DUBAI // The Dubai skyline fitted perfectly in the camera frame from one of the comfortable seats, even capturing the majestic Burj Khalifa without causing a neck injury. Such was the spectacular view from one of the city's new state-of-the-art water taxis yesterday, when The National took four tourists for a ride to get their verdict.
The taxis are the Roads and Transport Authority's newest form of public transport. Groups or individuals can hire air-conditioned boats for a seaborne tour linking downtown landmarks with uptown hotels. Viviane Letelier, a retired manager of a French security company who is visiting Dubai for the first time said: "I'm impressed. It's like an airplane inside, very comfortable. It's better than the Metro or a taxi. For a tourist, sea is better than road." Ms Letelier laughed as she pushed a button to recline her seat. "Like an airplane, but with the bumps of the waves," she said.
Her friend, Philippe Leclerc, a French engineer based in Riyadh, is on his second trip to Dubai. "The boat gives you a feeling of freedom," he said. "I would recommend it for all people to do at least once. Even a small tour is good." As a tourist, he would budget up to Dh250 for a one-hour ride. "To rent a boat like this is marvellous, it has an open view." When the boat pushed into the sea from our pick-up point at Jumeirah Open Beach, the air-conditioned gold-topped frame pitched and bounced in the crosscurrents.
The first reaction of the tourists, save Mr Leclerc, an experienced sailor, was: "Is it safe?" Ahmed Musmujeono, the boat's Indonesian captain, sitting in front of the GPS controls that plotted our path, replied: "Yes, yes, very safe." Mr Leclerc said the safety equipment inside made him feel secure. "I didn't think a small boat could be so good. But I can see a fire extinguisher, life jackets. I feel safe."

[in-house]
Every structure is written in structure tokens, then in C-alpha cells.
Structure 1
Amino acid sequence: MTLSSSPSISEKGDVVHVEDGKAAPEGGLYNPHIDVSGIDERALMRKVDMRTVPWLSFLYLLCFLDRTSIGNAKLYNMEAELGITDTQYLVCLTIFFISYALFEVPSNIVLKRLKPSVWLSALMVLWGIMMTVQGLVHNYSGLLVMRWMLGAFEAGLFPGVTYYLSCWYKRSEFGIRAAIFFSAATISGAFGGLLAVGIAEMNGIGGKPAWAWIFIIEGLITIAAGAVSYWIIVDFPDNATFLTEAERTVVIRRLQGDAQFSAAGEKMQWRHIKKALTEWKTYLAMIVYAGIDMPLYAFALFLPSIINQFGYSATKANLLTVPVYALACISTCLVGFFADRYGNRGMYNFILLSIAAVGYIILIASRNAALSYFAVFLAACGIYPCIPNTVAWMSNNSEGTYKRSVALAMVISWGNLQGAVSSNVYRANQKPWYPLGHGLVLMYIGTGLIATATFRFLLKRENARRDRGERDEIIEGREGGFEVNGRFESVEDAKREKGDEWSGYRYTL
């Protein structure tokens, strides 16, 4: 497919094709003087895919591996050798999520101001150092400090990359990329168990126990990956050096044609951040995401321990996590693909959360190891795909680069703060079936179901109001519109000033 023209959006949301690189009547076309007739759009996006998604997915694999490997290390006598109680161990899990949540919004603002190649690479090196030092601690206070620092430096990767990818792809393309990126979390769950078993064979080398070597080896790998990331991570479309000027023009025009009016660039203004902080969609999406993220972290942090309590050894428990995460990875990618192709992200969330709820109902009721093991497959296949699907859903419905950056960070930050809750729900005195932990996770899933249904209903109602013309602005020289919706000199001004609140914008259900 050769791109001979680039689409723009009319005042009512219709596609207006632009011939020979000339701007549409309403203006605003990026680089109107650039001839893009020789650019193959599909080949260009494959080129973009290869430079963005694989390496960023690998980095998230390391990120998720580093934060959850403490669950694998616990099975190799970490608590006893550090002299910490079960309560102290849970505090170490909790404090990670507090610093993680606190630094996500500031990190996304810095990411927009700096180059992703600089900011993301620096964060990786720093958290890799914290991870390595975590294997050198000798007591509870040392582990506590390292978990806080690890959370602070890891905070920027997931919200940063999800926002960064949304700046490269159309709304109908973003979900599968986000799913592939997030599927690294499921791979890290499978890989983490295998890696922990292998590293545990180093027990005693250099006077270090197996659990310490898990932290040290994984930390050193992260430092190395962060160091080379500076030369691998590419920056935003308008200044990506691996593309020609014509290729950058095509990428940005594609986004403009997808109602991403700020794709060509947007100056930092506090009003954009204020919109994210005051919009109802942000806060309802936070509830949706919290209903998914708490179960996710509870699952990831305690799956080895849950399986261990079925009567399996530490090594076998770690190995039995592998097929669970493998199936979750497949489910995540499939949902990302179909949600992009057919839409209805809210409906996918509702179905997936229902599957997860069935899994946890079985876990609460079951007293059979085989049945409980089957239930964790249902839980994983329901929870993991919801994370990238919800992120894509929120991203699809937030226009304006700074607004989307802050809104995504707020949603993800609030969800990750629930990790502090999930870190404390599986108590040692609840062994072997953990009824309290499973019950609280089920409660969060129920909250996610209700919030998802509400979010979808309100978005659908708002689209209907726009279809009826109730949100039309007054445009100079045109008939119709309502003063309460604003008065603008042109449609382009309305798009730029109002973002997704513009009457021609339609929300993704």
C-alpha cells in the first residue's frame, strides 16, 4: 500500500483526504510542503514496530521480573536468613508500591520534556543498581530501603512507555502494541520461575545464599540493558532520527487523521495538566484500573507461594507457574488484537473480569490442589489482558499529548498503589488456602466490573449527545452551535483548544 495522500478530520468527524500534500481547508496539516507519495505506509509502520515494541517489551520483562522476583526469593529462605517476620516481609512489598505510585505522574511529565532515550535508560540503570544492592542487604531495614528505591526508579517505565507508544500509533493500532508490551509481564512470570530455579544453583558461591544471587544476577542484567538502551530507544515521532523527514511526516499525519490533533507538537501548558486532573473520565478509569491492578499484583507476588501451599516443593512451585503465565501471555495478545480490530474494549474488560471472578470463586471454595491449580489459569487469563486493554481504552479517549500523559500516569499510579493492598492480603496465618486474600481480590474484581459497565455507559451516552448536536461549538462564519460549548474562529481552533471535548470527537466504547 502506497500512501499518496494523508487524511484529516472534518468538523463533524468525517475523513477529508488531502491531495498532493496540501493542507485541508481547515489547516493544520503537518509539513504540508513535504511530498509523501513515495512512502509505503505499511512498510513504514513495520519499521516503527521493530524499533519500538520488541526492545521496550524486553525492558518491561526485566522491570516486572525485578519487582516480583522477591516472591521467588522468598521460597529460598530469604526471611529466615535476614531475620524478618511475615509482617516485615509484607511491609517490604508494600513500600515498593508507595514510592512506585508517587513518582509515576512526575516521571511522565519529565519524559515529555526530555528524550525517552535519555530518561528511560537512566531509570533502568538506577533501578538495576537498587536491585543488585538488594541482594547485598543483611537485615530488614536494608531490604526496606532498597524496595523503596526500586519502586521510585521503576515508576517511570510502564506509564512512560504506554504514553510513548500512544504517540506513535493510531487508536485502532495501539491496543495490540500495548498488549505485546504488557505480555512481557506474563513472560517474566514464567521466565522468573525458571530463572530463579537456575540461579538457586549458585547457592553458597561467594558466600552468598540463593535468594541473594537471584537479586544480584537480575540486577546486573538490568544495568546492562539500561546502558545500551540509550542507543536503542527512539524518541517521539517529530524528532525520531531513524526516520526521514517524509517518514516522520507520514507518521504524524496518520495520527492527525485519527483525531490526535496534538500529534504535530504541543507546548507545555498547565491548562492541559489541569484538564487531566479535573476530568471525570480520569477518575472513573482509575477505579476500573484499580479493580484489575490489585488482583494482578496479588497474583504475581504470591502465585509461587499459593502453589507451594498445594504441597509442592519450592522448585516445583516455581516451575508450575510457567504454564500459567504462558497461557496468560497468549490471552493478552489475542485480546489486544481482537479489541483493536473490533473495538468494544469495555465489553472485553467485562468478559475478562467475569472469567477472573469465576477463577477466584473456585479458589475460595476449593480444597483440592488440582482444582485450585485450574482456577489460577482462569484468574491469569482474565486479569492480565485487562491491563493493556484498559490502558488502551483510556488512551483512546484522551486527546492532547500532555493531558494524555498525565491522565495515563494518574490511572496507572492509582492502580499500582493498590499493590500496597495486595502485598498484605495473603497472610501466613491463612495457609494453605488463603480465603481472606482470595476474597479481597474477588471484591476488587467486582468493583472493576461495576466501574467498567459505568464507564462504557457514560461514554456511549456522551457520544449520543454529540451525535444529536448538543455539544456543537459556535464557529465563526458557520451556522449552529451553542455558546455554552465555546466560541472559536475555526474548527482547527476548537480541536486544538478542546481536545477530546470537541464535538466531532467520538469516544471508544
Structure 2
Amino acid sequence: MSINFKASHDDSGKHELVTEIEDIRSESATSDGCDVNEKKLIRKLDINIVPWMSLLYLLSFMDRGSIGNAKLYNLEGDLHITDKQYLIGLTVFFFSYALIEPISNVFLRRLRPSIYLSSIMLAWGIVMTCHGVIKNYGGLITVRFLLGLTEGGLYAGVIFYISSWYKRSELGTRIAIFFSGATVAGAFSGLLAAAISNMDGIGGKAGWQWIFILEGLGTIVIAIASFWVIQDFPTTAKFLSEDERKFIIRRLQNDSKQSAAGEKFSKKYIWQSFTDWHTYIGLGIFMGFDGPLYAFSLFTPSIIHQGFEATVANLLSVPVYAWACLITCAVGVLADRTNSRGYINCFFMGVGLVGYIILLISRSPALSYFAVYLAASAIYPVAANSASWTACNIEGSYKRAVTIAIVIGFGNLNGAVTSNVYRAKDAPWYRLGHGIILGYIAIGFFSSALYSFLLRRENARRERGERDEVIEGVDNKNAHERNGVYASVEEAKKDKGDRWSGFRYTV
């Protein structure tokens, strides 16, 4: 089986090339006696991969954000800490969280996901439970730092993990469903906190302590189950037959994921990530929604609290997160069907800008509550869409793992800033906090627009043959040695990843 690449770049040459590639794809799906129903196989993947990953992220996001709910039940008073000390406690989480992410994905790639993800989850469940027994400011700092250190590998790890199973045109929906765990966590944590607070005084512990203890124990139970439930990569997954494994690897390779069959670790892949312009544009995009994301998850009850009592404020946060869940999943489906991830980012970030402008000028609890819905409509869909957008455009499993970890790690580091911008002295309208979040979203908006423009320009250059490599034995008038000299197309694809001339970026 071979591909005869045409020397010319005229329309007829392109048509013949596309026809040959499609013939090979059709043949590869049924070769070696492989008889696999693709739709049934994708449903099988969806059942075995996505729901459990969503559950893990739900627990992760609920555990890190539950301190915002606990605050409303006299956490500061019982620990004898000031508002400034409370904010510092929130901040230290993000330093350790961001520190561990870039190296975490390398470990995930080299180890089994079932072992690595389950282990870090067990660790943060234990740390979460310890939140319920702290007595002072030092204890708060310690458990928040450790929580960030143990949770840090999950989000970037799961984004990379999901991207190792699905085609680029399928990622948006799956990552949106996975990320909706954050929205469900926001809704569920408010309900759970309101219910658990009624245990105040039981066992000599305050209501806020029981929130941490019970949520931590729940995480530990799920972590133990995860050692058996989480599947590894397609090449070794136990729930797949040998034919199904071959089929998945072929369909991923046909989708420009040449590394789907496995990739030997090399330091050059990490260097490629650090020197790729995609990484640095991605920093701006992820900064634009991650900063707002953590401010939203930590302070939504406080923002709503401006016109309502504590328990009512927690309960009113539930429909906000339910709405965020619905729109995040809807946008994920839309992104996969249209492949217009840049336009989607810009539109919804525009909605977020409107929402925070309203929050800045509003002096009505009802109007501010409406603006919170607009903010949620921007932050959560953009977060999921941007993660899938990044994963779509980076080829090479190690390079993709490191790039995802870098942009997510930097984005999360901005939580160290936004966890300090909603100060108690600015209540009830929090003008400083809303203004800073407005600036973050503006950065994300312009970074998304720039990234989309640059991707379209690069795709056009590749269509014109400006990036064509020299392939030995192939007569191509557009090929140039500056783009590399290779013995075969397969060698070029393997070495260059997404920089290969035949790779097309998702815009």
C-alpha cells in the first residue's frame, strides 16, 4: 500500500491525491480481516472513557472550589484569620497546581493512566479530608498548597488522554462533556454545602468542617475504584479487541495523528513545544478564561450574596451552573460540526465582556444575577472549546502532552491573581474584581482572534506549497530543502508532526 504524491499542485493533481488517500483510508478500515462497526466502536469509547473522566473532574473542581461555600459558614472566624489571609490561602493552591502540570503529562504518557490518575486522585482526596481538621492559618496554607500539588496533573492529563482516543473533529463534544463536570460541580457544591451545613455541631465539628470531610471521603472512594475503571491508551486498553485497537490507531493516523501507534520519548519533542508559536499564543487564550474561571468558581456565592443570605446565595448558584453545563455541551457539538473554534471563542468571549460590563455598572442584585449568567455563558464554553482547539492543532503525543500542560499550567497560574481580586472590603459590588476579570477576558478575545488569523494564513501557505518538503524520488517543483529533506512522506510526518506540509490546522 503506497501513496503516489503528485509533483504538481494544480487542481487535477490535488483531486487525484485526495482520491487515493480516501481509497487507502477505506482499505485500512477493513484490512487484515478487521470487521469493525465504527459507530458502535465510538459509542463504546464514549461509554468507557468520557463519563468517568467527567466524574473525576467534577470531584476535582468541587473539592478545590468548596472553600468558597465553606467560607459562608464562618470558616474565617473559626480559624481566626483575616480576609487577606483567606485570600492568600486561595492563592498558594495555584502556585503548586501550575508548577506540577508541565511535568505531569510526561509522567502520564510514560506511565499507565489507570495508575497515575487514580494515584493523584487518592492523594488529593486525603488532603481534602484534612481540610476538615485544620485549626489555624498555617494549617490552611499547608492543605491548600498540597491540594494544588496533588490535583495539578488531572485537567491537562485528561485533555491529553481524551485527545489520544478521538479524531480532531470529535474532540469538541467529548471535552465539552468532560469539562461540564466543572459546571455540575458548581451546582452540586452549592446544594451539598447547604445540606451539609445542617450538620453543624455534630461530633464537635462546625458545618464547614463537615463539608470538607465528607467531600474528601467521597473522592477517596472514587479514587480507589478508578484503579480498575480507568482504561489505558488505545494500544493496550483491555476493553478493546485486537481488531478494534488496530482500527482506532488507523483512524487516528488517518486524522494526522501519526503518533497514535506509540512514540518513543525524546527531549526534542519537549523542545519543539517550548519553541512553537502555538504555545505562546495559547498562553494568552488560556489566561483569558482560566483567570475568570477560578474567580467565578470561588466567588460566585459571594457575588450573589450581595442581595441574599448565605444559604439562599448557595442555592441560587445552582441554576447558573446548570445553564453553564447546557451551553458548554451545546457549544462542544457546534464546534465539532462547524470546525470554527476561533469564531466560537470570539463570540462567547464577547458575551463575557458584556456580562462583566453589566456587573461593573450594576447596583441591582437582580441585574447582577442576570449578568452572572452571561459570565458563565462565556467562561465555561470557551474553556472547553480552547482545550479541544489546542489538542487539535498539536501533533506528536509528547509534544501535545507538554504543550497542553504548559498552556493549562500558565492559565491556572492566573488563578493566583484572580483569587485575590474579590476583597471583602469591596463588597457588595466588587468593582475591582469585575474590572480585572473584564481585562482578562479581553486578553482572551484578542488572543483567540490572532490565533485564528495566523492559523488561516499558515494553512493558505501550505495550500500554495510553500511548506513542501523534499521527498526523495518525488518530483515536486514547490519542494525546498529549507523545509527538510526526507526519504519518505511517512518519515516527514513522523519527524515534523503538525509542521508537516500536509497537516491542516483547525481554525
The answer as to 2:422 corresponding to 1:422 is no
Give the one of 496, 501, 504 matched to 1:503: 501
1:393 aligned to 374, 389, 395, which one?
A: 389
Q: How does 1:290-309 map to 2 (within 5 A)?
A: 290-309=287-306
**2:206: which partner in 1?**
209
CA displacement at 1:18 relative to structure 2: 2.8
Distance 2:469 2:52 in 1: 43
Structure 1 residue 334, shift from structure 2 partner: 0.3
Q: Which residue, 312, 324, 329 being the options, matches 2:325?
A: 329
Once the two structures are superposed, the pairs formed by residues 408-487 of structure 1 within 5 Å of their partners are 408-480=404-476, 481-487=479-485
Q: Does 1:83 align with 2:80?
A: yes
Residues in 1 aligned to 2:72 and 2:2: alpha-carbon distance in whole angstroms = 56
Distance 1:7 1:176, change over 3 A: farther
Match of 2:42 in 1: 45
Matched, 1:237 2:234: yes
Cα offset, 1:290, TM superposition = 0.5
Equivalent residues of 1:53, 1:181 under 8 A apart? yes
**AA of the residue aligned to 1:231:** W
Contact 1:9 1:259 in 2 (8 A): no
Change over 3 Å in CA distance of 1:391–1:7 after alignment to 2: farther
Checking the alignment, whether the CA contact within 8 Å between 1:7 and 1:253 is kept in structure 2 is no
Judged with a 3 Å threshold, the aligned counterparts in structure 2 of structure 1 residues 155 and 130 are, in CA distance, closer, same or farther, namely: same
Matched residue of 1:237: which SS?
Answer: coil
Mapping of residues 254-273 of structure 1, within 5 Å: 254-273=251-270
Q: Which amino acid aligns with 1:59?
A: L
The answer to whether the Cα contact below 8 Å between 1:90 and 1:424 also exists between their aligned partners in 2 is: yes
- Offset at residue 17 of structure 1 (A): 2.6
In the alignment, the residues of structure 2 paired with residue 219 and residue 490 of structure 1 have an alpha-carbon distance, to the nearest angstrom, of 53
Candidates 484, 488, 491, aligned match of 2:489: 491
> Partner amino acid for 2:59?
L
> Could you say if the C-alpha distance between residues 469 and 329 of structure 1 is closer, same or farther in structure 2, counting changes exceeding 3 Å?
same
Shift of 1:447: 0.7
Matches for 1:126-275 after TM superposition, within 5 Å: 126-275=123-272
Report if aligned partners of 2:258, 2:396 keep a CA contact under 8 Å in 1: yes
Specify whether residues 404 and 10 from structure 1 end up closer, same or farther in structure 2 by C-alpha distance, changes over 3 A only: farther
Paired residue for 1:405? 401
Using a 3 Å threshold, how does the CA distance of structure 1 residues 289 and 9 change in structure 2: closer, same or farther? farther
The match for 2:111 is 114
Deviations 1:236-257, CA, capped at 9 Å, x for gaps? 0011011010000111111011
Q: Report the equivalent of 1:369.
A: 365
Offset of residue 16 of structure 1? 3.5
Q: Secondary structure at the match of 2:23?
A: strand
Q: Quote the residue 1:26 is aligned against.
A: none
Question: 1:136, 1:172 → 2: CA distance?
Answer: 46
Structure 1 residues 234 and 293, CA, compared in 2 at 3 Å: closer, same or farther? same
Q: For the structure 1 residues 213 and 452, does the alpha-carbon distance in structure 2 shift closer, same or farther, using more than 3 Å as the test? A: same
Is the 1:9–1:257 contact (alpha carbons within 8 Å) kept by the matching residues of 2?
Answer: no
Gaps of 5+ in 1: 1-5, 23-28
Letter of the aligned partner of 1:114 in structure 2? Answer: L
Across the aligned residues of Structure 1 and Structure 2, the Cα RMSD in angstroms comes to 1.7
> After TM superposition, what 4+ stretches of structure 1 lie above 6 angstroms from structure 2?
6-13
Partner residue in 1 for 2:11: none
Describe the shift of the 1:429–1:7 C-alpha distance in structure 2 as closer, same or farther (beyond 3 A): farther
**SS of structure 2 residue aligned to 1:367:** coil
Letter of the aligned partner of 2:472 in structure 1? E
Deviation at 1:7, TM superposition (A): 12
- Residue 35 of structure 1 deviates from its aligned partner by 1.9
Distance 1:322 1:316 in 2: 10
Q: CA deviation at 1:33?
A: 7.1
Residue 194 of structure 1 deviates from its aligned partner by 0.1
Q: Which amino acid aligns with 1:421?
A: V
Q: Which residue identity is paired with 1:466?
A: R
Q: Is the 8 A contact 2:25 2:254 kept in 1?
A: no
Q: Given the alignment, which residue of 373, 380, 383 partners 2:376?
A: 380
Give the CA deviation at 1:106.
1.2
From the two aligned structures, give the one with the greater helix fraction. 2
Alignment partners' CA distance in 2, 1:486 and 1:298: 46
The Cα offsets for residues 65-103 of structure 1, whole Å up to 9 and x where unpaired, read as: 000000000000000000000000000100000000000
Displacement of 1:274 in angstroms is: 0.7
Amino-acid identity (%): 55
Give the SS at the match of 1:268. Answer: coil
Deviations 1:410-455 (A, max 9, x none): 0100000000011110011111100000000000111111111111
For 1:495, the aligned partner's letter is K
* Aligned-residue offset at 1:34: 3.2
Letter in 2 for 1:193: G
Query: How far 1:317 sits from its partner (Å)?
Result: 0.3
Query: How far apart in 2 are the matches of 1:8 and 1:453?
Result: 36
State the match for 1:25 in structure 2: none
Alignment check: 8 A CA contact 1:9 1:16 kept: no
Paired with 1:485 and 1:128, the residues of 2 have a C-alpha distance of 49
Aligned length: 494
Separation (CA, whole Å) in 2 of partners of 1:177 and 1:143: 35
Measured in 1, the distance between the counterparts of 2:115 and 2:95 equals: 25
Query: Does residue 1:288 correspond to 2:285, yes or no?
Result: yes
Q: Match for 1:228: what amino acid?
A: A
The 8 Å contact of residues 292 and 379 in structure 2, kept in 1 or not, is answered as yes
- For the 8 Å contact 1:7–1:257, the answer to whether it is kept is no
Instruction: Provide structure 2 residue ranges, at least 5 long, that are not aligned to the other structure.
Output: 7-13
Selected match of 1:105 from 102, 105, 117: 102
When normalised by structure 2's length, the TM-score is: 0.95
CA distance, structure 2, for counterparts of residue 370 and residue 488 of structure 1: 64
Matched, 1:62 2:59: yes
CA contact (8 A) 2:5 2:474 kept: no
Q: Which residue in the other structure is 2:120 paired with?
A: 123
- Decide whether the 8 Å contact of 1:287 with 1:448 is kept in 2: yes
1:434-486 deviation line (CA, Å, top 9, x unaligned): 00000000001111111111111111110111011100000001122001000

For Fatima Agha, from Pakistan, it was her first time on the Arabian Gulf. "I truly enjoyed it." Her daughter, Mariam, has been on wooden dhows that take tourists on cruises along the marina and creek. Both women are frequent visitors since they have family in the emirate. The highlight of their water taxi ride was the clear views of the white beach strips bordering the Palm villas and the Atlantis hotel.
"If you own a yacht and can see Dubai, great. If not, then this is good," said Mariam Agha, a business student. They suggested a video that points out attractions. Apart from the obvious structures of the Burj Khalifa and the Burj Al Arab, the tourists frequently asked: "What is that building?" Small screens behind every seat currently play pop videos and give safety information along with details about Dubai and the Government.
Each water taxi seats 11 passengers, plus the captain and an assistant who helps to dock the boat. Dubai residents are already taking it up. Capt Musmujeono has ferried families with children who booked rides along Jumeirah Beach and then extended it to the Atlantis. "People like the boat, like the sea. Nobody comes at you because it's open sea, it's free," said Capt Musmujeono, who has 23 years' experience sailing ferries in the Far East.
The water taxi service also runs past the historical sites of Old Dubai and through Festival City. The minimum fare is Dh50 for a ride across Creek Park, from Bur Dubai to Deira. Trips must be booked in advance. Our two-and-a-half hour ride cost Dh580 and took us to the Atlantis, then we turned back to stop at Dubai Marina and returned to Jumeirah Beach. While some say a water taxi can be expensive, our tourists said it was worth a trip with family or friends. The bottom line is that if you plan your route well and split costs, it is worth the ride.